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Journal of Cancer Epidemiology
Volume 2008, Article ID 215809, 8 pages
Research Article

Genetic and Epigenetic Tumor Suppressor Gene Silencing Are Distinct Molecular Phenotypes Driven by Growth Promoting Mutations in Nonsmall Cell Lung Cancer

1Department of Pathology and Laboratory Medicine, Center for Environmental Health and Technology, Brown University, Providence, RI 02912, USA
2Department of Community Health, Center for Environmental Health and Technology, Brown University, Providence, RI 02912, USA
3Department of Biostatistics, Harvard School of Public Health, Boston, MA 02115, USA
4Division of Epidemiology and Community Health, Masonic Cancer Center, University of Minnesota, Minneapolis, MN 55455, USA

Received 10 January 2008; Accepted 16 December 2008

Academic Editor: Cornelia Ulrich

Copyright © 2008 Carmen J. Marsit et al. This is an open access article distributed under the Creative Commons Attribution License, which permits unrestricted use, distribution, and reproduction in any medium, provided the original work is properly cited.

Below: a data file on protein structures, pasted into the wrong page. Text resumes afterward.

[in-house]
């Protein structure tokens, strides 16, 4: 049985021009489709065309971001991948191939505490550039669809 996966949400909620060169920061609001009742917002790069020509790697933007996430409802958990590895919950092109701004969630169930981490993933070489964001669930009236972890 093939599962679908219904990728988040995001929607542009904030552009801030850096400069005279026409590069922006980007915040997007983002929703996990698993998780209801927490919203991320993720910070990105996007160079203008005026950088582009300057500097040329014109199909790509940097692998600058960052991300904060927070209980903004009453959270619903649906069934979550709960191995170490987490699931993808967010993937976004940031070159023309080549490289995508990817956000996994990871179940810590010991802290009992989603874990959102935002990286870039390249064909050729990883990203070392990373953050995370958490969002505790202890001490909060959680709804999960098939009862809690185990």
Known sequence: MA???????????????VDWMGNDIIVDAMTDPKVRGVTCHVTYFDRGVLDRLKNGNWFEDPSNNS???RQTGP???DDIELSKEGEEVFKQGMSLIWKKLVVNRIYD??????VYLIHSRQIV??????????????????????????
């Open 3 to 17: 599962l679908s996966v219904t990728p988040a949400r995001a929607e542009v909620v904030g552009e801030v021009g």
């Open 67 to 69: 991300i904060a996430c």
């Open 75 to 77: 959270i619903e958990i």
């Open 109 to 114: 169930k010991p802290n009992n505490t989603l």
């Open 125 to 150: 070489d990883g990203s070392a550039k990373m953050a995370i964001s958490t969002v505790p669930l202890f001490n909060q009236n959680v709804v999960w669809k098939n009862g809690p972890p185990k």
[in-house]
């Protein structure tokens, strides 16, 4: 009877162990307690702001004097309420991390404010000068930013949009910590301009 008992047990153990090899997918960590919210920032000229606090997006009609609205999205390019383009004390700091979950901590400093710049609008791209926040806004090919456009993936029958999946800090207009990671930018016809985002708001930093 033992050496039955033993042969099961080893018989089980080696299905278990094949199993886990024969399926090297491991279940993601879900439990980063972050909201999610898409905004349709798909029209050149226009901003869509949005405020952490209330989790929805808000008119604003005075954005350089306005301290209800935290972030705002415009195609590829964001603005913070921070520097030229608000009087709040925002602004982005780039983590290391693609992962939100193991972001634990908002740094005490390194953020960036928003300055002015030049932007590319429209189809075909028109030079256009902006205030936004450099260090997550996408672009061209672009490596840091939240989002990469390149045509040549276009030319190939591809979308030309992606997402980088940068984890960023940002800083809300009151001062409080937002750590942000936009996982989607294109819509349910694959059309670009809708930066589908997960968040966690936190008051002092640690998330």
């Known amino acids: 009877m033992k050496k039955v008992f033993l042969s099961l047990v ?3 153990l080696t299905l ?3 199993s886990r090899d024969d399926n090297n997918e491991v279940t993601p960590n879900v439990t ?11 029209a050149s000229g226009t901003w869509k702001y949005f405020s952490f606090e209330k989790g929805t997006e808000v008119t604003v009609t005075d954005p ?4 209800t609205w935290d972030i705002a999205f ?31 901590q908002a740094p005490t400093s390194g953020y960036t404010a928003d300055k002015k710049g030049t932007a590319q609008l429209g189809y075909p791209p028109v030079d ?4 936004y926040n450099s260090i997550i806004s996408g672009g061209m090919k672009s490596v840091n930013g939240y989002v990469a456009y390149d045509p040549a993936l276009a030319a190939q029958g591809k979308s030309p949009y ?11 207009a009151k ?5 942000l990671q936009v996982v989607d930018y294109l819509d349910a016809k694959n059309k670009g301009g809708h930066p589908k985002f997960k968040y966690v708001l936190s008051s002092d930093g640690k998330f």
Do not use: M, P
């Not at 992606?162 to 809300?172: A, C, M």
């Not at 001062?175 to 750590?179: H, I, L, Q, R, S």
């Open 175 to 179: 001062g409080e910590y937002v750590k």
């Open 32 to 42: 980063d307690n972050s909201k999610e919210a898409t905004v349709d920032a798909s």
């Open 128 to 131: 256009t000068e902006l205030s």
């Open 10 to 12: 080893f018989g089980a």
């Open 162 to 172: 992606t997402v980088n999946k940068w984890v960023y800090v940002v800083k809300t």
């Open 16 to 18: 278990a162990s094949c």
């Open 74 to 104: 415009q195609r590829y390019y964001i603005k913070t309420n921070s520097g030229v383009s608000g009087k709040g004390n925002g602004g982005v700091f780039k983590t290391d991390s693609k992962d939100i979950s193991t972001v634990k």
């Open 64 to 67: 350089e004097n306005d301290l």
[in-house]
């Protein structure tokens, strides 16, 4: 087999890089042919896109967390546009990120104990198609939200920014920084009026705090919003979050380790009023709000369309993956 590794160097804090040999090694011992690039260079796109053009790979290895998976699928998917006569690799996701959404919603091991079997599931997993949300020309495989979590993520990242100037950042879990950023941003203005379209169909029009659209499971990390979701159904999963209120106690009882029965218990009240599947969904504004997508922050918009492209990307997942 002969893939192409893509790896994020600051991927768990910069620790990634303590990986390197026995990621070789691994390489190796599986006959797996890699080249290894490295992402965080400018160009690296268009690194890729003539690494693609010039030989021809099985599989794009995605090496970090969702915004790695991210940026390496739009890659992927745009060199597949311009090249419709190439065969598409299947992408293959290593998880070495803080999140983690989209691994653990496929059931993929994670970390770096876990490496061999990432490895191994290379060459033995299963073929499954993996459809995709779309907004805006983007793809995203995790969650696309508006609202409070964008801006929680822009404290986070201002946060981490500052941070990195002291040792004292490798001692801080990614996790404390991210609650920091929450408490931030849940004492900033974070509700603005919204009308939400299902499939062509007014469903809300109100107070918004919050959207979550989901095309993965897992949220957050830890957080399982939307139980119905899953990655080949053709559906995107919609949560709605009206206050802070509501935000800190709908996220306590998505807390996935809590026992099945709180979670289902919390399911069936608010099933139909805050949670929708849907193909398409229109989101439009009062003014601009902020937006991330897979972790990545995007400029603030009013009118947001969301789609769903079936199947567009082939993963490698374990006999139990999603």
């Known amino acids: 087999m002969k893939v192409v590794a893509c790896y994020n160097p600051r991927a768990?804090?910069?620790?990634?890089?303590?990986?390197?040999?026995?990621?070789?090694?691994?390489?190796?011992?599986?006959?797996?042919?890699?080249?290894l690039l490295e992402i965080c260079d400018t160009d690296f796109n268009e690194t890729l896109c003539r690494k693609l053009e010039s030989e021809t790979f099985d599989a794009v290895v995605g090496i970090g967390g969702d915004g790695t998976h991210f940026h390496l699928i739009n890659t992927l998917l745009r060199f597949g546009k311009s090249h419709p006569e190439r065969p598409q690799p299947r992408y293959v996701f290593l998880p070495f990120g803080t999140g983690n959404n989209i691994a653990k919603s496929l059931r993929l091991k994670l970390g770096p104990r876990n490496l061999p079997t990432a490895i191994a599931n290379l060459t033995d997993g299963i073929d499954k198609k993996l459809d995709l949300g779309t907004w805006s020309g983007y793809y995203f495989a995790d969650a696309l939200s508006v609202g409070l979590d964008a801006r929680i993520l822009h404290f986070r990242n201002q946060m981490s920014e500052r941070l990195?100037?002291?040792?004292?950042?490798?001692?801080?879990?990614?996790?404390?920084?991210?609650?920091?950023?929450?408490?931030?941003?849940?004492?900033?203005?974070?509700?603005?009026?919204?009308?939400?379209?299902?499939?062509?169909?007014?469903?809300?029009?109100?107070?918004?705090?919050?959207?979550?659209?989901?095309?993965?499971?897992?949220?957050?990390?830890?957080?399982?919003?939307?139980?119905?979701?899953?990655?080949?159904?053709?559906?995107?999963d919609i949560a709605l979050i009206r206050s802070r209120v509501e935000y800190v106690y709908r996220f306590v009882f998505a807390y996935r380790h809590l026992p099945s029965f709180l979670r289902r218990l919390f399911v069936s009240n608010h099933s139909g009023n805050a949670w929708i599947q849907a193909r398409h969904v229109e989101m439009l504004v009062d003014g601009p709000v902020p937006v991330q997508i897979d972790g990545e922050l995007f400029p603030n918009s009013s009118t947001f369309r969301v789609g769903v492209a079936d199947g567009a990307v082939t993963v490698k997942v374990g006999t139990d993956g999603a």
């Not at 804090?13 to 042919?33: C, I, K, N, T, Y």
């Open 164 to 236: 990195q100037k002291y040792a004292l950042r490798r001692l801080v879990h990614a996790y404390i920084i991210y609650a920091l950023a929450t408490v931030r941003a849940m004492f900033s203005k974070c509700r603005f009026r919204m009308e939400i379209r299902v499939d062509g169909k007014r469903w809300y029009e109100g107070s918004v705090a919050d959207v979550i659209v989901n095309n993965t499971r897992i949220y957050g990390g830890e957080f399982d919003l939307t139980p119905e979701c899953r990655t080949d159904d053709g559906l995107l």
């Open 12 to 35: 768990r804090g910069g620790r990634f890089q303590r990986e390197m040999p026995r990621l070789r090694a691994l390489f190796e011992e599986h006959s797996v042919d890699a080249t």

Both genetic and epigenetic alterations characterize human nonsmall cell lung cancer (NSCLC), but the biological processes that create or select these alterations remain incompletely investigated. Our hypothesis posits that a roughly reciprocal relationship between the propensity for promoter hypermethylation and a propensity for genetic deletion leads to distinct molecular phenotypes of lung cancer. To test this hypothesis, we examined promoter hypermethylation of 17 tumor suppressor genes, as a marker of epigenetic alteration propensity, and deletion events at the 3p21 region, as a marker of genetic alteration. To model the complex biology between these somatic alterations, we utilized an item response theory model. We demonstrated that tumors exhibiting LOH at greater than 30% of informative alleles in the 3p21 region have a significantly reduced propensity for hypermethylation. At the same time, tumors with activating KRAS mutations showed a significantly increased propensity for hypermethylation of the loci examined, a result similar to what has been observed in colon cancer. These data suggest that NSCLCs have distinct epigenetic or genetic alteration phenotypes acting upon tumor suppressor genes and that mutation of oncogenic growth promoting genes, such as KRAS, is associated with the epigenetic phenotype.